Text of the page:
The top image is from the Sierra Nevada, sent to me as a postcard by a colleague, the late archaeologist Dena Dincauze. The bottom image is from UCONN Forest near Storrs CT, where I have been taking my students for years. The superficial resemblance between the two is because the three main factors giving rise to wall appearance — lithology, glacial action, agroecology– were similar. In both cases, stone composed of granite and milled into shape in the glacial basal shear zone were exposed after livestock grazing and moved aside to create the base of an expedient fence. Biologists call this convergent evolution when referring to the anatomical similarity of forms in unrelated taxonomic clades.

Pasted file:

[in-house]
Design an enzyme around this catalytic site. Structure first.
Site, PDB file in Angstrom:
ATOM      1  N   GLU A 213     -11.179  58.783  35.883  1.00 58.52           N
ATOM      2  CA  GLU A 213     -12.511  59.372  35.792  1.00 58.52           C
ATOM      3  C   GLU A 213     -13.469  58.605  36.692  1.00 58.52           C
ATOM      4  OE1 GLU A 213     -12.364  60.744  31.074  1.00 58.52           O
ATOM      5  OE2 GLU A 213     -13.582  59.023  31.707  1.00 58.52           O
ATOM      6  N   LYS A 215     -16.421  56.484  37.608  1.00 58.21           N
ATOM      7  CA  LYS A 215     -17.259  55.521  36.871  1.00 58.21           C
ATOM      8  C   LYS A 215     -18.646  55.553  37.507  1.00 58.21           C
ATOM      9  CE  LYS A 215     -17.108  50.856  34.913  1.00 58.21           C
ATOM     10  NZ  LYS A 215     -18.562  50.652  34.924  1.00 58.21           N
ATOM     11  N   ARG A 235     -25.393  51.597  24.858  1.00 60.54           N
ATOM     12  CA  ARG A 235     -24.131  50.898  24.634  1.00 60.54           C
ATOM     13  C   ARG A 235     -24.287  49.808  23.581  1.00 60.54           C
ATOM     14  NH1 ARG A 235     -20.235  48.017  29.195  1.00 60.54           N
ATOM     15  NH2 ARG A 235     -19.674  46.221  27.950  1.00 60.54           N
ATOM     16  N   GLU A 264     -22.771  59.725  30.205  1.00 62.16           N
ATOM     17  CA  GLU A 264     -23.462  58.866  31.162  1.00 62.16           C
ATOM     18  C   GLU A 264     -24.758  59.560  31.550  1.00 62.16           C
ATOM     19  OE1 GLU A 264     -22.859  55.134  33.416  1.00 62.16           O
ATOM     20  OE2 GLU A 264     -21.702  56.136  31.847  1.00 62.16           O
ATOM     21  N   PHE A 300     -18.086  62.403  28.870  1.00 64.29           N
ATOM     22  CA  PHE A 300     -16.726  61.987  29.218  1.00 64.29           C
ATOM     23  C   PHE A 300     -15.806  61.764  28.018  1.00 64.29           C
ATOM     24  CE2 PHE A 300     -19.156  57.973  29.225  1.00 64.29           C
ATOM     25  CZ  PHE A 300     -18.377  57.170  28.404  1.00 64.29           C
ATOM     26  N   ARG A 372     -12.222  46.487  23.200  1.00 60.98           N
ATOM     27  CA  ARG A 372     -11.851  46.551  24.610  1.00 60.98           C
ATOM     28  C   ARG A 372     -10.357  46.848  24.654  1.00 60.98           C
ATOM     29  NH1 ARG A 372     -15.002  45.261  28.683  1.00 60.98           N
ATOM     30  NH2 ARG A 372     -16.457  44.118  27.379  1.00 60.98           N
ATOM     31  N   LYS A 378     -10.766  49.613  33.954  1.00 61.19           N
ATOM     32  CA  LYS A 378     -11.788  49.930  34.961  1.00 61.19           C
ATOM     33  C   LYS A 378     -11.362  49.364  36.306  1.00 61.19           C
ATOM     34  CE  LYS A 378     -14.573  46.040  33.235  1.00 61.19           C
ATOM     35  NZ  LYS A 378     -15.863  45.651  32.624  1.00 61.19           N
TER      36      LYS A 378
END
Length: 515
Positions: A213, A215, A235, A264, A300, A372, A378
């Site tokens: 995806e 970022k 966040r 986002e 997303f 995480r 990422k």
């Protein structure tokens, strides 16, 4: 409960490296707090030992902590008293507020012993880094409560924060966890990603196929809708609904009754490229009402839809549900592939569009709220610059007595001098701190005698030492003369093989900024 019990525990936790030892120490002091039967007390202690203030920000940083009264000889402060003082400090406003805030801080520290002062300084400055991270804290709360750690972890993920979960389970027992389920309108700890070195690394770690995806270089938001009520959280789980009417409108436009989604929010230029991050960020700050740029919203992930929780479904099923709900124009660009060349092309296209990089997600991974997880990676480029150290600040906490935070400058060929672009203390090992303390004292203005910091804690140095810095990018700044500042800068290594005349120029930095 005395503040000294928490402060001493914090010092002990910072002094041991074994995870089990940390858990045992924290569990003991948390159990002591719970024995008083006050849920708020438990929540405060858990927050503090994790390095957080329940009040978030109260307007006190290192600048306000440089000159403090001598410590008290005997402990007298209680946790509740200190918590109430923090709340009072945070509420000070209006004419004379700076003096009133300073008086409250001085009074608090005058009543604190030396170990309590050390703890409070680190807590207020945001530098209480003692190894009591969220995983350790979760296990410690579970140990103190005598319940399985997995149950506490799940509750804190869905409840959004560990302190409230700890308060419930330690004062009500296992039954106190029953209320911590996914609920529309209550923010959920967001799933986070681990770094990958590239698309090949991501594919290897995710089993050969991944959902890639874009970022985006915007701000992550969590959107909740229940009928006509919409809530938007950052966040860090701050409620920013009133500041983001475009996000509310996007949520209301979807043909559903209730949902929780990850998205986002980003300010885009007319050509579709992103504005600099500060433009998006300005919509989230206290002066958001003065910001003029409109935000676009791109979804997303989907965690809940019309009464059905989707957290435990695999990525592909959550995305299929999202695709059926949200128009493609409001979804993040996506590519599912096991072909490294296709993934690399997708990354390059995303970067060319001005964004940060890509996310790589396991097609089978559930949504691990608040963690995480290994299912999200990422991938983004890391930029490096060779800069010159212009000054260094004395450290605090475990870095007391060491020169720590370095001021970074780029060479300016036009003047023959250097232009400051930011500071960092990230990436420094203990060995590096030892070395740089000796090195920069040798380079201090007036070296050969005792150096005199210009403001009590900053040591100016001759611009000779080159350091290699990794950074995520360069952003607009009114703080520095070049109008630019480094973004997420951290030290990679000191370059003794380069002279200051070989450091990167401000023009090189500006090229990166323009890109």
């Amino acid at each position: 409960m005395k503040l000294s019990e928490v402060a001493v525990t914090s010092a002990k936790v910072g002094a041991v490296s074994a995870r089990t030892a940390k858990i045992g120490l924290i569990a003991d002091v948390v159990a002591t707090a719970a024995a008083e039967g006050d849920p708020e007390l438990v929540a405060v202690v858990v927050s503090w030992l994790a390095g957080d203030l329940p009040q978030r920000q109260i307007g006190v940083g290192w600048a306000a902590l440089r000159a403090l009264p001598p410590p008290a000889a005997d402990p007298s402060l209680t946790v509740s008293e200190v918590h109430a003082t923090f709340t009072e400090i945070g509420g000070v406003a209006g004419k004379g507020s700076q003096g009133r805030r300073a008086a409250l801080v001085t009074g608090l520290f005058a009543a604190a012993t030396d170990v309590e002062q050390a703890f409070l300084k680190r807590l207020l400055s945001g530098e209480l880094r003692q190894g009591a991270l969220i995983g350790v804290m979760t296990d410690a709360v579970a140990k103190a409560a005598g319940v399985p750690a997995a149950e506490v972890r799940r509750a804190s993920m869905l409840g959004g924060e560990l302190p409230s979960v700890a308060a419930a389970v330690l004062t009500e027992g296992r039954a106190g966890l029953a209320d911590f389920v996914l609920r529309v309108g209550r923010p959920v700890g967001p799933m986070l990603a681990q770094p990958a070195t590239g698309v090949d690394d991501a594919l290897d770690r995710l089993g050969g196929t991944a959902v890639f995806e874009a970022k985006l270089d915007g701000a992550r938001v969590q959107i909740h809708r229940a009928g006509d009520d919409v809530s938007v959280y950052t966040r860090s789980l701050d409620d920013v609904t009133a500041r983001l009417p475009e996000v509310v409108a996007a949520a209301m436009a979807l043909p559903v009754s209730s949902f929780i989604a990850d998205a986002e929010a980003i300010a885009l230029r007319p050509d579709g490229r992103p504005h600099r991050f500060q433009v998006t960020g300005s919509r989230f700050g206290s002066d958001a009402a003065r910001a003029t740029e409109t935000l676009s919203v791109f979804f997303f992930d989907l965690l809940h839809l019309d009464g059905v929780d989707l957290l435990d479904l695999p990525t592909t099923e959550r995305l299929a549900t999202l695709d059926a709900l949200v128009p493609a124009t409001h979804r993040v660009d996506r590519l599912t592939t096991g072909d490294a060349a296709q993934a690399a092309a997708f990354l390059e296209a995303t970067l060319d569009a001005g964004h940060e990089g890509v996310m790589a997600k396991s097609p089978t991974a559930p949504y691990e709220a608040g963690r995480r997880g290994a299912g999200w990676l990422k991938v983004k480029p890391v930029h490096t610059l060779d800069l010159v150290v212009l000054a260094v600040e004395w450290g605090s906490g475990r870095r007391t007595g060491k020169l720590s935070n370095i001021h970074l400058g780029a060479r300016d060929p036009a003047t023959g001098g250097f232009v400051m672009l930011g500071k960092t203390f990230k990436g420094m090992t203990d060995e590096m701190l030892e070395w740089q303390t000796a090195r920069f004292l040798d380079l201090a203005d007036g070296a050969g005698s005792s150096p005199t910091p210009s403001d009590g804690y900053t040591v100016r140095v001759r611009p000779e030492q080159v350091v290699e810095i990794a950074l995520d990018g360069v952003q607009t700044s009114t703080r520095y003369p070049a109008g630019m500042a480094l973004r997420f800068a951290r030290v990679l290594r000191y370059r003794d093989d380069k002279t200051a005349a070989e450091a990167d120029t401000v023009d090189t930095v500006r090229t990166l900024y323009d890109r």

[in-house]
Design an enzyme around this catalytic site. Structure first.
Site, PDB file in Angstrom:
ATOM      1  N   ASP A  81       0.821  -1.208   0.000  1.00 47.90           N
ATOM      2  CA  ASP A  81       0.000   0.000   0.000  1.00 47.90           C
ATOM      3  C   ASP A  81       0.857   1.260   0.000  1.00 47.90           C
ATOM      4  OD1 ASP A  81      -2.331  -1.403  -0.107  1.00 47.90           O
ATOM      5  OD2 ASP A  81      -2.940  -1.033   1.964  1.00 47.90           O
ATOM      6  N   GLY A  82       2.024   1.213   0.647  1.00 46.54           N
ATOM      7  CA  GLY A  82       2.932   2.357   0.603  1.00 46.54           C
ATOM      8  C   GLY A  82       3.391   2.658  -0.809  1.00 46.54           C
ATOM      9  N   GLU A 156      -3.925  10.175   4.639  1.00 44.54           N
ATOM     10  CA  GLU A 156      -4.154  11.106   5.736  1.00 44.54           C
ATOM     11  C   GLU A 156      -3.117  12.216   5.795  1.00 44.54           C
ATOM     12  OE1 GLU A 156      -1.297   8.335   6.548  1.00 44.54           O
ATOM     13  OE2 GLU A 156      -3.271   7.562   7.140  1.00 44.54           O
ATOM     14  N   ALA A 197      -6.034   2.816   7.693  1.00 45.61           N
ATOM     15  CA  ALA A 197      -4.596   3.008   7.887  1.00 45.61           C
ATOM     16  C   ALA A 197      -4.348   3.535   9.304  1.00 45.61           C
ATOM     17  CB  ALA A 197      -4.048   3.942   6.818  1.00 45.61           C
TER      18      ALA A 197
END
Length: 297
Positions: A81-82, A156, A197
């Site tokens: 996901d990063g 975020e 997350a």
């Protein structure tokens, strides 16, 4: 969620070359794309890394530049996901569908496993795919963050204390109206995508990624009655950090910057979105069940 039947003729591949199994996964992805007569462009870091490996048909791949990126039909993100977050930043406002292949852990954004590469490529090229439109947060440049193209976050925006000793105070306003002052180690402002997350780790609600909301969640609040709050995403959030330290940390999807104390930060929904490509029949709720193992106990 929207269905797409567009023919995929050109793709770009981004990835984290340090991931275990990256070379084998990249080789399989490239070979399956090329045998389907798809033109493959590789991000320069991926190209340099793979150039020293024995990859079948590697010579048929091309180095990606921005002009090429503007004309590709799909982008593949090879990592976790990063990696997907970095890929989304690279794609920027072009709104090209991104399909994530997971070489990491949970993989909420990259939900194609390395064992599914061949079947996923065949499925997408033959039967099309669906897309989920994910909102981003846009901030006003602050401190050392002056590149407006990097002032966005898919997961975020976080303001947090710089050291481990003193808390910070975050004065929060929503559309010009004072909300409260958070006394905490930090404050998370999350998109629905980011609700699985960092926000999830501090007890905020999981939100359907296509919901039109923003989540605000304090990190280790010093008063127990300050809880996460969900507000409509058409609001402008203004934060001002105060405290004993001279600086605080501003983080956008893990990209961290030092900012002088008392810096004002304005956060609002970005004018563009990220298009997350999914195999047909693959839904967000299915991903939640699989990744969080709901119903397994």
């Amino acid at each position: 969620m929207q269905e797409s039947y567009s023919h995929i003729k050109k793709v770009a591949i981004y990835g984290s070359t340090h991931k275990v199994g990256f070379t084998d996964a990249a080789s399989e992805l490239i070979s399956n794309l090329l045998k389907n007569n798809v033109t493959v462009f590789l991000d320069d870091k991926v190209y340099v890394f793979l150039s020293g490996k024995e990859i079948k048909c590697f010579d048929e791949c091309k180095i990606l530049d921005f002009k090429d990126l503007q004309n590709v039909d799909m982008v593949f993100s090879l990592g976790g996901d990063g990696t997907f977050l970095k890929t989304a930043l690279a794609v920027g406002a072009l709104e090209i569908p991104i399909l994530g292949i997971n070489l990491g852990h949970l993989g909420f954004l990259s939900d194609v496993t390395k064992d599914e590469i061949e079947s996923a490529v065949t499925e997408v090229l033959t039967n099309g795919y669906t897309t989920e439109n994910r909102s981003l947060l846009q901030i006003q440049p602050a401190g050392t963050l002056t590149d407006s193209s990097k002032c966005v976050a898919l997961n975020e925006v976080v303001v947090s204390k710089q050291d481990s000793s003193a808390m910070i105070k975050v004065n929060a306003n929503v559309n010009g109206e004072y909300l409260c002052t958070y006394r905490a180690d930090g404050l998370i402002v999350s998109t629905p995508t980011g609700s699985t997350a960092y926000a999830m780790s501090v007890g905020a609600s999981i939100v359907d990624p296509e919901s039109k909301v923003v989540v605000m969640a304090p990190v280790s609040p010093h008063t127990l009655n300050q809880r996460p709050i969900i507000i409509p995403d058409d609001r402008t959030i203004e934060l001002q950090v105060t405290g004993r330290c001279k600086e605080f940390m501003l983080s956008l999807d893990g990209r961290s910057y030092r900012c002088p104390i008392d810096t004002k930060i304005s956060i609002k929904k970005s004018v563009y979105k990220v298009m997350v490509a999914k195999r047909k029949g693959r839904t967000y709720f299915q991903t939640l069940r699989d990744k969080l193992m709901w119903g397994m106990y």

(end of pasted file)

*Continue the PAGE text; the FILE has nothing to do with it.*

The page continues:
Below is a gallery, of of New England images gathered to show the range of rock composition and stonework that leads to such radically different outcomes. However, no matter where they are located, walls assume a common form when the three main factors of bedrock lithology, glacial handling, and cultural action are similar. In the process of reading the walls, they become clues to landscape history.